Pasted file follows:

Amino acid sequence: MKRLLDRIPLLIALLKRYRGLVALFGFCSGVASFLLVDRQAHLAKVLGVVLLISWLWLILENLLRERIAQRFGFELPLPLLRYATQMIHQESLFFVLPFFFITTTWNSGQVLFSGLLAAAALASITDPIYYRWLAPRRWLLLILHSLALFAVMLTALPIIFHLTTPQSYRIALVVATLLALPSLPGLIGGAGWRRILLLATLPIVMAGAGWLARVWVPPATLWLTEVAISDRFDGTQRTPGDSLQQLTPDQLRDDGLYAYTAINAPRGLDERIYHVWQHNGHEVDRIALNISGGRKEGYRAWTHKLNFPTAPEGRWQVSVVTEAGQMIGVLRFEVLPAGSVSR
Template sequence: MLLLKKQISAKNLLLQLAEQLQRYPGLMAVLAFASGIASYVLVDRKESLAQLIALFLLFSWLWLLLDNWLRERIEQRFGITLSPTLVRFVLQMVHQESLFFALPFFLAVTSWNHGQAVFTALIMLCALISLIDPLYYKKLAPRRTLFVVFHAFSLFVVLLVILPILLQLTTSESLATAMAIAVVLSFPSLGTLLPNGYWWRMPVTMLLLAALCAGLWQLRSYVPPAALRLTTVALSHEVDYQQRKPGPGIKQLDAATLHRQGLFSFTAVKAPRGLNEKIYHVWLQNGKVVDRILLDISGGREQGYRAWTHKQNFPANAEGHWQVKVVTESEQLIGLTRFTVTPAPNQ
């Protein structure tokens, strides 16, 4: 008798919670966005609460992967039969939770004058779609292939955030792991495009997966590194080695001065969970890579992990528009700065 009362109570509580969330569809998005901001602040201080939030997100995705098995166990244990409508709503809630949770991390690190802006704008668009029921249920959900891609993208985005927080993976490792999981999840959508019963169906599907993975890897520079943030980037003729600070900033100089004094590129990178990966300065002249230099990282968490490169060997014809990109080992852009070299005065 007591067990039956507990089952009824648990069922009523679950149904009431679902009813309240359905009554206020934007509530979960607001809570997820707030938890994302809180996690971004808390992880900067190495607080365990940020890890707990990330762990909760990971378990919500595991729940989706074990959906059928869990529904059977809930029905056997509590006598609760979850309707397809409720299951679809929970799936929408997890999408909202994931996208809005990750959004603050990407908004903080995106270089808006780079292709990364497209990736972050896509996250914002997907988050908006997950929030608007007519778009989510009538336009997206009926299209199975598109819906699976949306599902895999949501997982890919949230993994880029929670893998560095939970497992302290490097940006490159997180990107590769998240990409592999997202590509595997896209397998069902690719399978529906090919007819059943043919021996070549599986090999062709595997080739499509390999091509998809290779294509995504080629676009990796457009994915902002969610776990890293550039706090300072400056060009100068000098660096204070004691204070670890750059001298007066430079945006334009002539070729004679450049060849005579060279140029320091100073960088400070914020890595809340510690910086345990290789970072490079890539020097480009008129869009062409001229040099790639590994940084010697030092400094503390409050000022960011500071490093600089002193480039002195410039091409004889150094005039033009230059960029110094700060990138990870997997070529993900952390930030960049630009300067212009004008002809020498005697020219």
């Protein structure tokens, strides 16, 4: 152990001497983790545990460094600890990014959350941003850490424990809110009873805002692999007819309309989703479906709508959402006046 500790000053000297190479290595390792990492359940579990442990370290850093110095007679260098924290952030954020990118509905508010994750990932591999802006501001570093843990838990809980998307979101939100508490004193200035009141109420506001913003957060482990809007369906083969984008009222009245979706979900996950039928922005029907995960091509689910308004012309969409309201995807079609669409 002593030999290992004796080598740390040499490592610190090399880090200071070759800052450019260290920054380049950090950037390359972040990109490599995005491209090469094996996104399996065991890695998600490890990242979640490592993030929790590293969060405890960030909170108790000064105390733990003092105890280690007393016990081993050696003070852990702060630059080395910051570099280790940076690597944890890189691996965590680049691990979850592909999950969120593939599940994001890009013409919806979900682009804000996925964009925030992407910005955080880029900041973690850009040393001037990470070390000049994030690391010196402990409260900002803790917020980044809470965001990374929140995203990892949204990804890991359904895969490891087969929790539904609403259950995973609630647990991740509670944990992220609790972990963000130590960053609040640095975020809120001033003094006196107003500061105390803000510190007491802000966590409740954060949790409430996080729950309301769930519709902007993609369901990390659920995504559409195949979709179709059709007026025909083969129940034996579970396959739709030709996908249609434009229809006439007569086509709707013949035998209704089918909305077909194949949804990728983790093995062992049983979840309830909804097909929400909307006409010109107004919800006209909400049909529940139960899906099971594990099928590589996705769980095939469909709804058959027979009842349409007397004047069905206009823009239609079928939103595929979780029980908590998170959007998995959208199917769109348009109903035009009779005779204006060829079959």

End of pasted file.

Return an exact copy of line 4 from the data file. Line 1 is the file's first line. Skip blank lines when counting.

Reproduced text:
């Protein structure tokens, strides 16, 4: 152990001497983790545990460094600890990014959350941003850490424990809110009873805002692999007819309309989703479906709508959402006046 500790000053000297190479290595390792990492359940579990442990370290850093110095007679260098924290952030954020990118509905508010994750990932591999802006501001570093843990838990809980998307979101939100508490004193200035009141109420506001913003957060482990809007369906083969984008009222009245979706979900996950039928922005029907995960091509689910308004012309969409309201995807079609669409 002593030999290992004796080598740390040499490592610190090399880090200071070759800052450019260290920054380049950090950037390359972040990109490599995005491209090469094996996104399996065991890695998600490890990242979640490592993030929790590293969060405890960030909170108790000064105390733990003092105890280690007393016990081993050696003070852990702060630059080395910051570099280790940076690597944890890189691996965590680049691990979850592909999950969120593939599940994001890009013409919806979900682009804000996925964009925030992407910005955080880029900041973690850009040393001037990470070390000049994030690391010196402990409260900002803790917020980044809470965001990374929140995203990892949204990804890991359904895969490891087969929790539904609403259950995973609630647990991740509670944990992220609790972990963000130590960053609040640095975020809120001033003094006196107003500061105390803000510190007491802000966590409740954060949790409430996080729950309301769930519709902007993609369901990390659920995504559409195949979709179709059709007026025909083969129940034996579970396959739709030709996908249609434009229809006439007569086509709707013949035998209704089918909305077909194949949804990728983790093995062992049983979840309830909804097909929400909307006409010109107004919800006209909400049909529940139960899906099971594990099928590589996705769980095939469909709804058959027979009842349409007397004047069905206009823009239609079928939103595929979780029980908590998170959007998995959208199917769109348009109903035009009779005779204006060829079959």